"I recommend this book to those that have read many of Tolkien’s works. If you enjoyed Tolkien’s poetry editions, such as Beowulf a Translation and a Commentary and The Legend of Sigurd and Gudrún, along with the books set in middle-earth then this will undoubtedly be for you. However, readers who are expecting to just enjoy a prose story will, ultimately, be disappointed with the content here."
Thirty years ago Ineluki, the Storm King, was destroyed and his armies scattered. Osten Ard has been at peace ever since, ruled by Simon Snowlock, kitchen boy made king, and Miriamele, King Elias' only child. But now age weighs upon their reign. Simon's dreams have deserted him, old allies die and betrayal and assassination threaten. His son and heir John Josua is years dead and his grandson, Morgan, is a wastrel. A journey of redemption and discovery beckons in the darkening world.
And in the frozen North, in Nakkiga, the mountain fortress, Ineluki's ally, the Norn Queen, wakes from her deep, decades-long sleep and tells her followers that she will sleep no more. Humanity must be destroyed. Her sorcerers will bring a demon back from death, her warriors will seek the world for living dragon's blood...
And finally the greatest artefact of all, the Witchwood Crown, will be hers.
"It’s a book driven by cultural clashes and racial wars. The world is stark and grey, and I’m not entirely sure who to root for. It’s highly compelling fantasy, go read it! " Sean Barrs, Fantasy Book Review
‘An exciting new writer – sharp, compelling and original’ Mark Lawrence
Years have passed since the Vagrant journeyed to the Shining City, Vesper in arm and Gamma’s sword in hand.
Since then the world has changed. Vesper, following the footsteps of her father, journeyed to the breach and closed the tear between worlds, protecting the last of humanity, but also trapping the infernal horde and all those that fell to its corruptions: willing or otherwise.
In this new age it is Vesper who leads the charge towards unity and peace, with seemingly nothing standing between the world and a bright new future.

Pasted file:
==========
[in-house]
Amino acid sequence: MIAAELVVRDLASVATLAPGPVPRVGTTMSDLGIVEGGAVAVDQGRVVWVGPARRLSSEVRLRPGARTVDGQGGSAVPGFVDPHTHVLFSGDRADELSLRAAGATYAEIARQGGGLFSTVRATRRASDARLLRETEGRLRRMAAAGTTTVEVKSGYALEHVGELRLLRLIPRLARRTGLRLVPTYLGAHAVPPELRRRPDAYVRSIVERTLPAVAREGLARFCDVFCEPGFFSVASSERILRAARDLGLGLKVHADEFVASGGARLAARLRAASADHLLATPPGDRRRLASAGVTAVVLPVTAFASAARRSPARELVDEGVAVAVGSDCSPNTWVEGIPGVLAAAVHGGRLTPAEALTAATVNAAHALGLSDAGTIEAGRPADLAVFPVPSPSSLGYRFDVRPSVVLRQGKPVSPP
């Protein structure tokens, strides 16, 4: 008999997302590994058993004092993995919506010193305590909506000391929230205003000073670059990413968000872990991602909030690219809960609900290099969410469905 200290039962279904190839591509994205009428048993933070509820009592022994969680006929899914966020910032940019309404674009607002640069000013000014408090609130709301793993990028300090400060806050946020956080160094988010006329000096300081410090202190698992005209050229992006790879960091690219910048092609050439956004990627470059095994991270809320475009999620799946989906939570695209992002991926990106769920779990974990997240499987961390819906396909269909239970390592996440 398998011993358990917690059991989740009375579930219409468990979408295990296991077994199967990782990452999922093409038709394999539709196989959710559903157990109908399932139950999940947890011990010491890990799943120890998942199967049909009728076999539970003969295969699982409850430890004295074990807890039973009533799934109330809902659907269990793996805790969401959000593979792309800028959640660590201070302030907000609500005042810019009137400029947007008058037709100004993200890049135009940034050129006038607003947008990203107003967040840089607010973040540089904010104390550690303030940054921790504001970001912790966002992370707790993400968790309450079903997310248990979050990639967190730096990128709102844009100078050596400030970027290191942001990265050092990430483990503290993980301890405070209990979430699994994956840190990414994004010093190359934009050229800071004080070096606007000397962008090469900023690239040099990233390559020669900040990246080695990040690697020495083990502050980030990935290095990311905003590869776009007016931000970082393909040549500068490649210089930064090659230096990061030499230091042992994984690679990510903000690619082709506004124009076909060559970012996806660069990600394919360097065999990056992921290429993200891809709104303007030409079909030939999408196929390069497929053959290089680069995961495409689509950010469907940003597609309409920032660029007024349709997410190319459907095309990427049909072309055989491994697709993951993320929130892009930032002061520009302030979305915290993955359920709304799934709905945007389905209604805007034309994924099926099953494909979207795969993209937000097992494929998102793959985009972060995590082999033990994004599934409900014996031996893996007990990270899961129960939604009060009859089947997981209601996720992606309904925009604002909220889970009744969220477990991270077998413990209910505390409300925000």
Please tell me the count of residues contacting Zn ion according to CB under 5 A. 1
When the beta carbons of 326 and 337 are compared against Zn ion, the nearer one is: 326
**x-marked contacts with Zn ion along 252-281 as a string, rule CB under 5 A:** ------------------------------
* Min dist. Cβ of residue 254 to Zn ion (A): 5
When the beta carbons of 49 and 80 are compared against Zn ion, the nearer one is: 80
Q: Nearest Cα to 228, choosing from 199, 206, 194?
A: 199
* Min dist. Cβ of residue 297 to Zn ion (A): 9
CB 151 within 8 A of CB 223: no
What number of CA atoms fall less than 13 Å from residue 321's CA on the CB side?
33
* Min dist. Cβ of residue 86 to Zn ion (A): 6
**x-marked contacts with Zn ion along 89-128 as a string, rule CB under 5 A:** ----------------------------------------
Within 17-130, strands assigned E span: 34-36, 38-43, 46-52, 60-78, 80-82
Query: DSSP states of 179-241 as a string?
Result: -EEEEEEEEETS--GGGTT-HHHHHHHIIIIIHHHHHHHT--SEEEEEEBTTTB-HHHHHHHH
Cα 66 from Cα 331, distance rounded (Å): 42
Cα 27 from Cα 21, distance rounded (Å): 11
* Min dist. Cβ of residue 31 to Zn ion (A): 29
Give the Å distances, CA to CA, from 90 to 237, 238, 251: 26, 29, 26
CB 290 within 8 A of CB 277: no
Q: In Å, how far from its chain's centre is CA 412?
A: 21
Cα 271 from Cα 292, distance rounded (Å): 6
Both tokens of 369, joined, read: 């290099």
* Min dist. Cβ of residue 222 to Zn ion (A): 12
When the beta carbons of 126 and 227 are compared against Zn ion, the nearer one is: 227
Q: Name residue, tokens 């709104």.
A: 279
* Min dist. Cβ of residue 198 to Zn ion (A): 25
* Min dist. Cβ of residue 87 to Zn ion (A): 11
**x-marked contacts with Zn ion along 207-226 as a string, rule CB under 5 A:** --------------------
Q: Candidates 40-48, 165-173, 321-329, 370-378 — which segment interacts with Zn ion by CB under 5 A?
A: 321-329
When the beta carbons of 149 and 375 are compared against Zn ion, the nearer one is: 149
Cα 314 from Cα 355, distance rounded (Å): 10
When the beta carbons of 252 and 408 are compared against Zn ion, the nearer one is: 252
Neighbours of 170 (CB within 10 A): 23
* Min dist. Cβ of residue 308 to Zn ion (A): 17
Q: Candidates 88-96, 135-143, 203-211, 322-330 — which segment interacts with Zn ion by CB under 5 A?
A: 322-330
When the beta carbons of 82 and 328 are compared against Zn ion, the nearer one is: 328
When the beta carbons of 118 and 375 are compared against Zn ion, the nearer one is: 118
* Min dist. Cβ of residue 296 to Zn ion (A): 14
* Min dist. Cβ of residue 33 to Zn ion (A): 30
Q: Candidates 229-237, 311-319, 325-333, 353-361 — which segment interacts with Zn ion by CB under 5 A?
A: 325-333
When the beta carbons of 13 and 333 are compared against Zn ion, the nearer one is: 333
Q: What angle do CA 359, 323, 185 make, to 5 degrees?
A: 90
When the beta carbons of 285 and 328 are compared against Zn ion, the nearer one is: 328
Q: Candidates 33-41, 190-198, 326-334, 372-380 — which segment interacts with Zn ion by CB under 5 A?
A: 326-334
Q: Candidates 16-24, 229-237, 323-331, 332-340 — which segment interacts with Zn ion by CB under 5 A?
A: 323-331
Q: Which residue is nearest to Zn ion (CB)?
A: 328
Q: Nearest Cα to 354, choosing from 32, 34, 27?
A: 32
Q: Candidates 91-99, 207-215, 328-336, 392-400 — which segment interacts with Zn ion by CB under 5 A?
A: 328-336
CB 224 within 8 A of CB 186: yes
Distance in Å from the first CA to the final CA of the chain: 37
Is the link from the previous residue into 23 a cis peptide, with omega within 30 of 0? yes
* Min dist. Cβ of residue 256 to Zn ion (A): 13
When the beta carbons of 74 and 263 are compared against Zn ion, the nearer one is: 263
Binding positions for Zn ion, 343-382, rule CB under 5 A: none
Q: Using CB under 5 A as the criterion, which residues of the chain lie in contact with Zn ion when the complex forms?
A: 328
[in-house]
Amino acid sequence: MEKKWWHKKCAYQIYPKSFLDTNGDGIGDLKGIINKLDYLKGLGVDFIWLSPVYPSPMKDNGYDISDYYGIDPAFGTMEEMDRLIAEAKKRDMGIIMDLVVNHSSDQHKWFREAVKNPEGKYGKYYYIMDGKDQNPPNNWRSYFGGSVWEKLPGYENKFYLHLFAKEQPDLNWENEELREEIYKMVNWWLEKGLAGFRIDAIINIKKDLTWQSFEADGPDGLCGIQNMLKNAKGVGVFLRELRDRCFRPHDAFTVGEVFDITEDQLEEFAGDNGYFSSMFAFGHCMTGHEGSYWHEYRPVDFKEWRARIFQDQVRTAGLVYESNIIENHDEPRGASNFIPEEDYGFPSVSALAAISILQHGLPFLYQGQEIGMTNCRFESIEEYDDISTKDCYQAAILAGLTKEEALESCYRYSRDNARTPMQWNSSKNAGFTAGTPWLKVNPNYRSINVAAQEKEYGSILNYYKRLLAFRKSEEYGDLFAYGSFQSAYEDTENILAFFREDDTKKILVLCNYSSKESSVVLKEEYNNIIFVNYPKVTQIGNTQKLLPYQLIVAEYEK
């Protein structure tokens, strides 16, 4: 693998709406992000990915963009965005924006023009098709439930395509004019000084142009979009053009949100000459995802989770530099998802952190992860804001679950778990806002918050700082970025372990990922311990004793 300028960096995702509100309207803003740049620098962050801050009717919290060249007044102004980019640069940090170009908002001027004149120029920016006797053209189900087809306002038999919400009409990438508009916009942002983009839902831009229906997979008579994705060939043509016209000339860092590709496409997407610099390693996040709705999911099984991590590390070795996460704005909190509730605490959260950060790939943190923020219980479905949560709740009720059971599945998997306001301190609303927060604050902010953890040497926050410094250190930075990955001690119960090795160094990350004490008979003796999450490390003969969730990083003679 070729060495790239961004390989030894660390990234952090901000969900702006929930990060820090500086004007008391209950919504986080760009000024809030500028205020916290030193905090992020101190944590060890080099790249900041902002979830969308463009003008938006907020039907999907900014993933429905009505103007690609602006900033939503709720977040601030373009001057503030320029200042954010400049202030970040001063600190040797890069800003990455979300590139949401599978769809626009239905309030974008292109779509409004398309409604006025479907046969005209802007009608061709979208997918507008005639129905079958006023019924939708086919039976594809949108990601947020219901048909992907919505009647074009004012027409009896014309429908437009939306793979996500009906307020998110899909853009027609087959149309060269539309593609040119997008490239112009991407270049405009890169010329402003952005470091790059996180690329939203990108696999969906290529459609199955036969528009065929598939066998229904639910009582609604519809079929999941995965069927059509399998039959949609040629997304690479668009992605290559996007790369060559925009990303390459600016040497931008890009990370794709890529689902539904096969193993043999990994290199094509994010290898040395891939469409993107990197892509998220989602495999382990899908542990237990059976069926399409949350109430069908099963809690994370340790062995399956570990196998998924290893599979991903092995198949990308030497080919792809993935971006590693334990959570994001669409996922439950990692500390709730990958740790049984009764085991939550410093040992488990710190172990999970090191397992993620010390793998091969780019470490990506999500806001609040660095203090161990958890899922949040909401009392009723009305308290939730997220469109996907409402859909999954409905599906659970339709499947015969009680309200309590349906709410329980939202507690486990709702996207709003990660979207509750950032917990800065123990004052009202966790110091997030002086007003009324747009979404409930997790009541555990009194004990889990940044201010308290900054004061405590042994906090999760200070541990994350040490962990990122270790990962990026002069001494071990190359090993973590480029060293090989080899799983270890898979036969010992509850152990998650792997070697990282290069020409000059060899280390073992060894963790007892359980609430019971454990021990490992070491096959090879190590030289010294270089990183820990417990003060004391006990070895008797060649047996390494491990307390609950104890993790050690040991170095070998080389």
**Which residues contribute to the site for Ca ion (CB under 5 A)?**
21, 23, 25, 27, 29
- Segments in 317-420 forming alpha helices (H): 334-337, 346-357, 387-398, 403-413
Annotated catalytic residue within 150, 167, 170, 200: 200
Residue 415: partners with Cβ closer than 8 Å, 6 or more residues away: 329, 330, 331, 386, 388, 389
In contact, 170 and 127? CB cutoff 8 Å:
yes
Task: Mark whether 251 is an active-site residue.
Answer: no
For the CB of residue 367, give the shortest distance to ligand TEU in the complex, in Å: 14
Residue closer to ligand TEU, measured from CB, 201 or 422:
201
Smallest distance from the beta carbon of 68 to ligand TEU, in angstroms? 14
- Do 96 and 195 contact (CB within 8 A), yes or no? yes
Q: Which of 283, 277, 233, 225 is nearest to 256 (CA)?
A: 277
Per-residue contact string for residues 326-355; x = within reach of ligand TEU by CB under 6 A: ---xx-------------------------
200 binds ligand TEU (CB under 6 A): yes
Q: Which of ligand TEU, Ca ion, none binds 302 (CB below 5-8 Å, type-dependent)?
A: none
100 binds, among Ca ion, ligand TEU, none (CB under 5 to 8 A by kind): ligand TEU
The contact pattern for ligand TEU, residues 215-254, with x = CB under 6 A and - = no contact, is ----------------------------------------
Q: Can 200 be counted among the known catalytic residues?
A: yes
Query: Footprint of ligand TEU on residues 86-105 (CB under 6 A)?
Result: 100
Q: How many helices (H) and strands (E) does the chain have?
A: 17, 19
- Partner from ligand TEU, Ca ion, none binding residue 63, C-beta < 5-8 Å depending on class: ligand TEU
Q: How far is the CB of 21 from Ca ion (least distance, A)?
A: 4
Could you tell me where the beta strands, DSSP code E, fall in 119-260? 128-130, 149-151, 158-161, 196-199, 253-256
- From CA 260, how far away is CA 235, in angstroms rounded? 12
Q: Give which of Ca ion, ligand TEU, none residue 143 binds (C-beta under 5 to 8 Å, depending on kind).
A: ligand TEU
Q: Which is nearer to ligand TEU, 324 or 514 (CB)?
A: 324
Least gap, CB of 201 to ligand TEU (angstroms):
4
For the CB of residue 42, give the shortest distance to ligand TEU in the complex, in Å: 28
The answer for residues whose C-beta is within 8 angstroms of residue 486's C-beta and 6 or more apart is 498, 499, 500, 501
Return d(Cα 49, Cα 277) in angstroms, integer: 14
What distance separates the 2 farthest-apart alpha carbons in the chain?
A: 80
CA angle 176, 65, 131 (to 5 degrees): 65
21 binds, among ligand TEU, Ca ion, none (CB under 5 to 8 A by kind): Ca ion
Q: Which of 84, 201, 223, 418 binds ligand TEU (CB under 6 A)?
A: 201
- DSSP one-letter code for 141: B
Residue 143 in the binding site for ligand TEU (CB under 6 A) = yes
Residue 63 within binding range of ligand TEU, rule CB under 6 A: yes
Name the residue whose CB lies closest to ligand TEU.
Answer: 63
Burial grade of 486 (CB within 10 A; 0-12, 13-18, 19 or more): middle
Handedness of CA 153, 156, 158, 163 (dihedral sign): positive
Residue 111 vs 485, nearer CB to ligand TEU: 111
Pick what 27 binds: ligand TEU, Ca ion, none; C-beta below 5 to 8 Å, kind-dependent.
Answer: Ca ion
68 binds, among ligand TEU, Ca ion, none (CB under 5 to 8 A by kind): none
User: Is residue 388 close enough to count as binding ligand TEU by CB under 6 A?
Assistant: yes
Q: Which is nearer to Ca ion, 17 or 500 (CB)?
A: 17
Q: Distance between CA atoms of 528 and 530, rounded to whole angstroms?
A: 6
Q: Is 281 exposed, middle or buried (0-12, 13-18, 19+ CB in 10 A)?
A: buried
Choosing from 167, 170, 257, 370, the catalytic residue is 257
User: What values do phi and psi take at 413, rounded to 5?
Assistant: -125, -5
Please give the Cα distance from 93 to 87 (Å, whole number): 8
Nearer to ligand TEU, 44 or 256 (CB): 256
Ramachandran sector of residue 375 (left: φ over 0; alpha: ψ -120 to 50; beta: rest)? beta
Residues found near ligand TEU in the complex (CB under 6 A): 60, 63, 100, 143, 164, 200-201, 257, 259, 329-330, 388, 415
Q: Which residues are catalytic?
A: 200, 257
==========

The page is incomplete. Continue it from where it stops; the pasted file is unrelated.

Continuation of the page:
That is until eyes open.
And The Seven awaken.
A modern Britain. An age-old cruelty. Britain's magically skilled aristocracy compels all commoners to serve them for ten years - and now it's the Hadleys' turn. Abi Hadley is assigned to England's most ruthless noble family. The secrets she uncovers could win her freedom - or break her heart. Her brother Luke is enslaved in a brutal factory town, where new friends' ideals might cost him everything. Then while the elite vie for power, a young aristocrat plots to remake the world with his dark gifts. As Britain moves from anger to defiance, all three must take sides. And the consequences of their choices will change everything, forever.
"In the end I was left emotionally spent and wanting another book to read immediately so that I can find out more about this amazing world that Vic James has envisioned. Extremely impressed is all I can really say. I recommend this to everyone regardless of what genre is your favorite. Even though it would be classified as Dystopian, the story is so well-written and compelling that any reader can appreciate and enjoy it."
"The Fifth Empire of Man is amazing. Intricate with stunning dialogue. Expertly edited (I noticed one tiny mistake in these 400-pages). It's surely only a matter of time before one of the big-5 fantasy publishers knocks on Hayes' door. In my mind, Hayes does grimdark better than Abercrombie with characters just as memorable. Be one of the cool kids who reads this series before it gets popular because I guarantee it will. Oh yeah, it's about pirates, mate!"